A state in Japan has decided to ban a U.S. videogame from being sold or rented to minors, after officials deemed it harmful and capable of inciting violence.

TOKYO (AP) -- A state in Japan has decided to ban a U.S. videogame from being sold or rented to minors, after officials deemed it harmful and capable of inciting violence.

"Grand Theft Auto III," produced by U.S.-based Rockstar Games, was introduced in Japan in September 2003 and has sold about 350,000 copies.

It depicts random killing sprees in public places, cars being blown up and other acts of violence that officials fear teens might try to mimic, said Takahito Hayashi, a child welfare official.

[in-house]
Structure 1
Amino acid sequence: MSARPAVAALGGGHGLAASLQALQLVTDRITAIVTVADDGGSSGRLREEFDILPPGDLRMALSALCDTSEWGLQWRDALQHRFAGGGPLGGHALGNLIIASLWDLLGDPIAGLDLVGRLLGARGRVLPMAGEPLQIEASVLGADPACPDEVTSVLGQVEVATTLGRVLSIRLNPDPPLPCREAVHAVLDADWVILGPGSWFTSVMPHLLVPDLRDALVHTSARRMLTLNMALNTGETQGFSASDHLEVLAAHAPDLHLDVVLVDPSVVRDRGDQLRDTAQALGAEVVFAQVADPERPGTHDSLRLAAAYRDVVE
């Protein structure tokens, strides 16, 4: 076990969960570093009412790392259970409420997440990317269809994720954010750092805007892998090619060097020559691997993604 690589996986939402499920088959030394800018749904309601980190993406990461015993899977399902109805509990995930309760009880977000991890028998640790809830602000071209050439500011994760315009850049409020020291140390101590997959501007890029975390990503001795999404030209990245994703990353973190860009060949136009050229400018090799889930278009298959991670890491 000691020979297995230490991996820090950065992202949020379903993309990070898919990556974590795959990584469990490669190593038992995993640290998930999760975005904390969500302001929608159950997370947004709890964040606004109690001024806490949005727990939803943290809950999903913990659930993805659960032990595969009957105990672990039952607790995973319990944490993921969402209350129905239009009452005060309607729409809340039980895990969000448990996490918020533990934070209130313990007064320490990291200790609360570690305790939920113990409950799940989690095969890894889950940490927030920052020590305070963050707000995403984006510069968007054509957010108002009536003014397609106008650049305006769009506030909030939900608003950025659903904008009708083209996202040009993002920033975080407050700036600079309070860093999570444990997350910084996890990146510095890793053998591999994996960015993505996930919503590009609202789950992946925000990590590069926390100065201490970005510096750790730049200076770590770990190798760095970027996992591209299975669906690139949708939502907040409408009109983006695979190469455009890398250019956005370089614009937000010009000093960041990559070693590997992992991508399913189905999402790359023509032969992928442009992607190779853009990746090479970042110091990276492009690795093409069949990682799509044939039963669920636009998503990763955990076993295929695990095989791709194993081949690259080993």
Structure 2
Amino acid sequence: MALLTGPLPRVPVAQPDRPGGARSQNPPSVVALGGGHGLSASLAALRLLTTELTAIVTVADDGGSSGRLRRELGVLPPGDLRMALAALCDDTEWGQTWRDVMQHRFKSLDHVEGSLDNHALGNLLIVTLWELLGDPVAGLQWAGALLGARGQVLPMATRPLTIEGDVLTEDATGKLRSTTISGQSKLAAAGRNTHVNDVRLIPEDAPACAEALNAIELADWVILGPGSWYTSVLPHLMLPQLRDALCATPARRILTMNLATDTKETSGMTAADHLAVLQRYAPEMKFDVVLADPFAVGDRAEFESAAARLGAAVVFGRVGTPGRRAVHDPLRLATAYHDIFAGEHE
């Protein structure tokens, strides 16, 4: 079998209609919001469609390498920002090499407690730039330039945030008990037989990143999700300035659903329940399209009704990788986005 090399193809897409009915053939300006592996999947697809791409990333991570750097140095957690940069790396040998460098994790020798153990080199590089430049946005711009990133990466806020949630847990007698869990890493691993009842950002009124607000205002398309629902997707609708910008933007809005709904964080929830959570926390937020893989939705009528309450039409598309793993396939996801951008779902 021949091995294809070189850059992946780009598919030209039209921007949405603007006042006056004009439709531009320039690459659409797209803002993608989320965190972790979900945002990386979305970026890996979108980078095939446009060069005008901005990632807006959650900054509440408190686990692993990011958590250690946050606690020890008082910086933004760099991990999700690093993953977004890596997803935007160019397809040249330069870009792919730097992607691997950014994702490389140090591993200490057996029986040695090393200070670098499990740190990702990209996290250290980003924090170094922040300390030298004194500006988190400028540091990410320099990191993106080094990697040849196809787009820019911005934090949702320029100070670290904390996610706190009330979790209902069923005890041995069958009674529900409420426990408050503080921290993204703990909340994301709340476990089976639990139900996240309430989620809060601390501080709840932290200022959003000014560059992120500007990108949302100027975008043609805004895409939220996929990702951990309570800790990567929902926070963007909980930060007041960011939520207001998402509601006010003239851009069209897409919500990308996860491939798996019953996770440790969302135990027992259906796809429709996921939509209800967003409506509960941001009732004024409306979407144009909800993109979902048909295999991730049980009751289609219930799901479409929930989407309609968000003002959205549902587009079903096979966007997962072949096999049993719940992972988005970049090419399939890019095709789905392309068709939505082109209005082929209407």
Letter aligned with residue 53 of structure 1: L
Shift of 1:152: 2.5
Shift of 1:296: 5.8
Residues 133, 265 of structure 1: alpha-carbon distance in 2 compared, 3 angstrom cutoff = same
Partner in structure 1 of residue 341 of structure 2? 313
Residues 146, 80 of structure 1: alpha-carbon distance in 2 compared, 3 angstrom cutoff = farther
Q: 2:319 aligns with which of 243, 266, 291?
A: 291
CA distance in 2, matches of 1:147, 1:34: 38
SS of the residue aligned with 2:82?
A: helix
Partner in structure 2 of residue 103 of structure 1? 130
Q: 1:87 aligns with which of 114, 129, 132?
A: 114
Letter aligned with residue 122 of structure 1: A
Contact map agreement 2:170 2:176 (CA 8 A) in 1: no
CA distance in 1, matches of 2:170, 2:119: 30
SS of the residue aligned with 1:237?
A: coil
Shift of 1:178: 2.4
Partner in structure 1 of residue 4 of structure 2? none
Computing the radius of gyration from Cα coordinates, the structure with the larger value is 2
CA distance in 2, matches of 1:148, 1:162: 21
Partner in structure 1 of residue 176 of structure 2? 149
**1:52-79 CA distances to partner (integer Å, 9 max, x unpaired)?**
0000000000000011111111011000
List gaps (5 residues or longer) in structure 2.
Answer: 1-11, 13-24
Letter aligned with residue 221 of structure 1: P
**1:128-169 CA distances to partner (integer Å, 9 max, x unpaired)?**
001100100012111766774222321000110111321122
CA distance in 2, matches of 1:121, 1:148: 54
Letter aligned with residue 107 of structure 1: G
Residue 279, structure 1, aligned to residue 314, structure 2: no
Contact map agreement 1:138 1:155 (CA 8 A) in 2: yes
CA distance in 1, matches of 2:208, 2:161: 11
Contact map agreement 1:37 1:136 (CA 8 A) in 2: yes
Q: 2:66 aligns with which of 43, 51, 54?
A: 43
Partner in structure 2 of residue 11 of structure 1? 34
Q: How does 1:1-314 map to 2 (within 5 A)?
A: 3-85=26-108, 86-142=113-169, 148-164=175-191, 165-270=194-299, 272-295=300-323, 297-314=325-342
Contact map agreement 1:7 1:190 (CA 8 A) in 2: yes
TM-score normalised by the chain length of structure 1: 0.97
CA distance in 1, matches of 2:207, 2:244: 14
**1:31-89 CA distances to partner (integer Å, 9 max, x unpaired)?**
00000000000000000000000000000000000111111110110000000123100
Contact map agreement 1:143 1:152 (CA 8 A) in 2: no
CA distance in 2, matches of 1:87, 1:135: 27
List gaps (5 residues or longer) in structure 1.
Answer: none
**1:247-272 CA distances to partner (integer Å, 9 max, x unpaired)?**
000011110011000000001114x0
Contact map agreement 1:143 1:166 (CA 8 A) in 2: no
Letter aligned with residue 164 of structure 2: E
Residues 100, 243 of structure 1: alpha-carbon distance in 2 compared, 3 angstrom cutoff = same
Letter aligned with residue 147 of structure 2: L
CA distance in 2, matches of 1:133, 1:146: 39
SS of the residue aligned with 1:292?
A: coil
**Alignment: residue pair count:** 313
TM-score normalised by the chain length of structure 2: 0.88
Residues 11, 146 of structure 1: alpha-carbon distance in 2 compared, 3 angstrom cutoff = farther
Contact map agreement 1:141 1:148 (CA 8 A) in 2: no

The game will receive a "harmful" product label in Kanagawa prefecture, where retailers will be barred from selling or renting the game to anyone under age 18. The game also will have to be displayed separately from other titles, Hayashi said.

While other products have faced similar restrictions due to explicit sexual content, it is the first time Japan has placed such measures on game software because of violence, Hayashi said.

Osaka-based Capcom Co., which distributes the game in Japan, refused to comment.

Kanagawa prefecture, just south of Tokyo, includes major cities like Yokohama and Kawasaki.